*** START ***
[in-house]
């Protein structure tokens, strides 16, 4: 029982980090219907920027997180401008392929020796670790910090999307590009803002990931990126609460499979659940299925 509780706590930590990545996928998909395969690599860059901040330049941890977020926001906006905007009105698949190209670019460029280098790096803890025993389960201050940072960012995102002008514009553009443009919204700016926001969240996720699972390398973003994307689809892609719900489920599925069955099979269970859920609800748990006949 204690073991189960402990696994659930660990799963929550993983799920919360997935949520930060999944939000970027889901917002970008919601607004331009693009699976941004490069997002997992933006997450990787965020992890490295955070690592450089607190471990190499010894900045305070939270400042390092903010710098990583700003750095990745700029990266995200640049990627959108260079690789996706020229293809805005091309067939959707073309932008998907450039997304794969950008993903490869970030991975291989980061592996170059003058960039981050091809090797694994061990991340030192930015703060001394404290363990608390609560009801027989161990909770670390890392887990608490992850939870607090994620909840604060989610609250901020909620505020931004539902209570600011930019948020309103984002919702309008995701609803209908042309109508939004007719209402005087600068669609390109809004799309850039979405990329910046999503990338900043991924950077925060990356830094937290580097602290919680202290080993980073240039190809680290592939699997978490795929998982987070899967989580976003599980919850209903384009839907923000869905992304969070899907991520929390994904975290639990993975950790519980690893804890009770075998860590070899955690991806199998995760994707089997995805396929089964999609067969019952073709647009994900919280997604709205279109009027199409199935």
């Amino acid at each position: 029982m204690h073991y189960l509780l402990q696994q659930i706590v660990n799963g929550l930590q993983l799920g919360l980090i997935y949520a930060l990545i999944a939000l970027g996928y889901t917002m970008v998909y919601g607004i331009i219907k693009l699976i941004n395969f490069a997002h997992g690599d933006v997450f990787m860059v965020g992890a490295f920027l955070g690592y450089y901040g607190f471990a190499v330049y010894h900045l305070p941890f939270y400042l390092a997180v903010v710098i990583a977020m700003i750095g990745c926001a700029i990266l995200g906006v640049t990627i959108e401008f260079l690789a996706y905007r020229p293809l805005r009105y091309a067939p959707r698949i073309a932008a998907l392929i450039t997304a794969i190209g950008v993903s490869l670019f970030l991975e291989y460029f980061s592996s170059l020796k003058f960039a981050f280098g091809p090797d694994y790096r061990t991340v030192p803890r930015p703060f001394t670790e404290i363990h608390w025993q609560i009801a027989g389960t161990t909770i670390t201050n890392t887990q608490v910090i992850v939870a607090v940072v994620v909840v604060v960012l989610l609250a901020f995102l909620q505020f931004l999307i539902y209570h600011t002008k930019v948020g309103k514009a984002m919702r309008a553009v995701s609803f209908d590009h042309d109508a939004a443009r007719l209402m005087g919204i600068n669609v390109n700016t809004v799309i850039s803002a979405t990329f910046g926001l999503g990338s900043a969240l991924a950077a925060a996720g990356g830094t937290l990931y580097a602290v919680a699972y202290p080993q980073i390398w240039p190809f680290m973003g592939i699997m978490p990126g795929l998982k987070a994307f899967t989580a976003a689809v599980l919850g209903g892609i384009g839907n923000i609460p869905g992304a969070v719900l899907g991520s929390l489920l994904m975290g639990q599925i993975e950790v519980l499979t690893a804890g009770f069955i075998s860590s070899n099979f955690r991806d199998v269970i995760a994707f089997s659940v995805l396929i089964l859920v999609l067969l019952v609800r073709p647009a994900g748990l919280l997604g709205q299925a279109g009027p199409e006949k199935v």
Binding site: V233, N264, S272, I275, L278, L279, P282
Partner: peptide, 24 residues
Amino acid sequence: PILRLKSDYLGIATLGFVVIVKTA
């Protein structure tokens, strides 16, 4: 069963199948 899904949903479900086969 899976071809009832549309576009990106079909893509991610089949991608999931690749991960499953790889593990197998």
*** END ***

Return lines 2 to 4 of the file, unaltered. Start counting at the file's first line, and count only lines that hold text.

């Protein structure tokens, strides 16, 4: 029982980090219907920027997180401008392929020796670790910090999307590009803002990931990126609460499979659940299925 509780706590930590990545996928998909395969690599860059901040330049941890977020926001906006905007009105698949190209670019460029280098790096803890025993389960201050940072960012995102002008514009553009443009919204700016926001969240996720699972390398973003994307689809892609719900489920599925069955099979269970859920609800748990006949 204690073991189960402990696994659930660990799963929550993983799920919360997935949520930060999944939000970027889901917002970008919601607004331009693009699976941004490069997002997992933006997450990787965020992890490295955070690592450089607190471990190499010894900045305070939270400042390092903010710098990583700003750095990745700029990266995200640049990627959108260079690789996706020229293809805005091309067939959707073309932008998907450039997304794969950008993903490869970030991975291989980061592996170059003058960039981050091809090797694994061990991340030192930015703060001394404290363990608390609560009801027989161990909770670390890392887990608490992850939870607090994620909840604060989610609250901020909620505020931004539902209570600011930019948020309103984002919702309008995701609803209908042309109508939004007719209402005087600068669609390109809004799309850039979405990329910046999503990338900043991924950077925060990356830094937290580097602290919680202290080993980073240039190809680290592939699997978490795929998982987070899967989580976003599980919850209903384009839907923000869905992304969070899907991520929390994904975290639990993975950790519980690893804890009770075998860590070899955690991806199998995760994707089997995805396929089964999609067969019952073709647009994900919280997604709205279109009027199409199935």
């Amino acid at each position: 029982m204690h073991y189960l509780l402990q696994q659930i706590v660990n799963g929550l930590q993983l799920g919360l980090i997935y949520a930060l990545i999944a939000l970027g996928y889901t917002m970008v998909y919601g607004i331009i219907k693009l699976i941004n395969f490069a997002h997992g690599d933006v997450f990787m860059v965020g992890a490295f920027l955070g690592y450089y901040g607190f471990a190499v330049y010894h900045l305070p941890f939270y400042l390092a997180v903010v710098i990583a977020m700003i750095g990745c926001a700029i990266l995200g906006v640049t990627i959108e401008f260079l690789a996706y905007r020229p293809l805005r009105y091309a067939p959707r698949i073309a932008a998907l392929i450039t997304a794969i190209g950008v993903s490869l670019f970030l991975e291989y460029f980061s592996s170059l020796k003058f960039a981050f280098g091809p090797d694994y790096r061990t991340v030192p803890r930015p703060f001394t670790e404290i363990h608390w025993q609560i009801a027989g389960t161990t909770i670390t201050n890392t887990q608490v910090i992850v939870a607090v940072v994620v909840v604060v960012l989610l609250a901020f995102l909620q505020f931004l999307i539902y209570h600011t002008k930019v948020g309103k514009a984002m919702r309008a553009v995701s609803f209908d590009h042309d109508a939004a443009r007719l209402m005087g919204i600068n669609v390109n700016t809004v799309i850039s803002a979405t990329f910046g926001l999503g990338s900043a969240l991924a950077a925060a996720g990356g830094t937290l990931y580097a602290v919680a699972y202290p080993q980073i390398w240039p190809f680290m973003g592939i699997m978490p990126g795929l998982k987070a994307f899967t989580a976003a689809v599980l919850g209903g892609i384009g839907n923000i609460p869905g992304a969070v719900l899907g991520s929390l489920l994904m975290g639990q599925i993975e950790v519980l499979t690893a804890g009770f069955i075998s860590s070899n099979f955690r991806d199998v269970i995760a994707f089997s659940v995805l396929i089964l859920v999609l067969l019952v609800r073709p647009a994900g748990l919280l997604g709205q299925a279109g009027p199409e006949k199935v």
Binding site: V233, N264, S272, I275, L278, L279, P282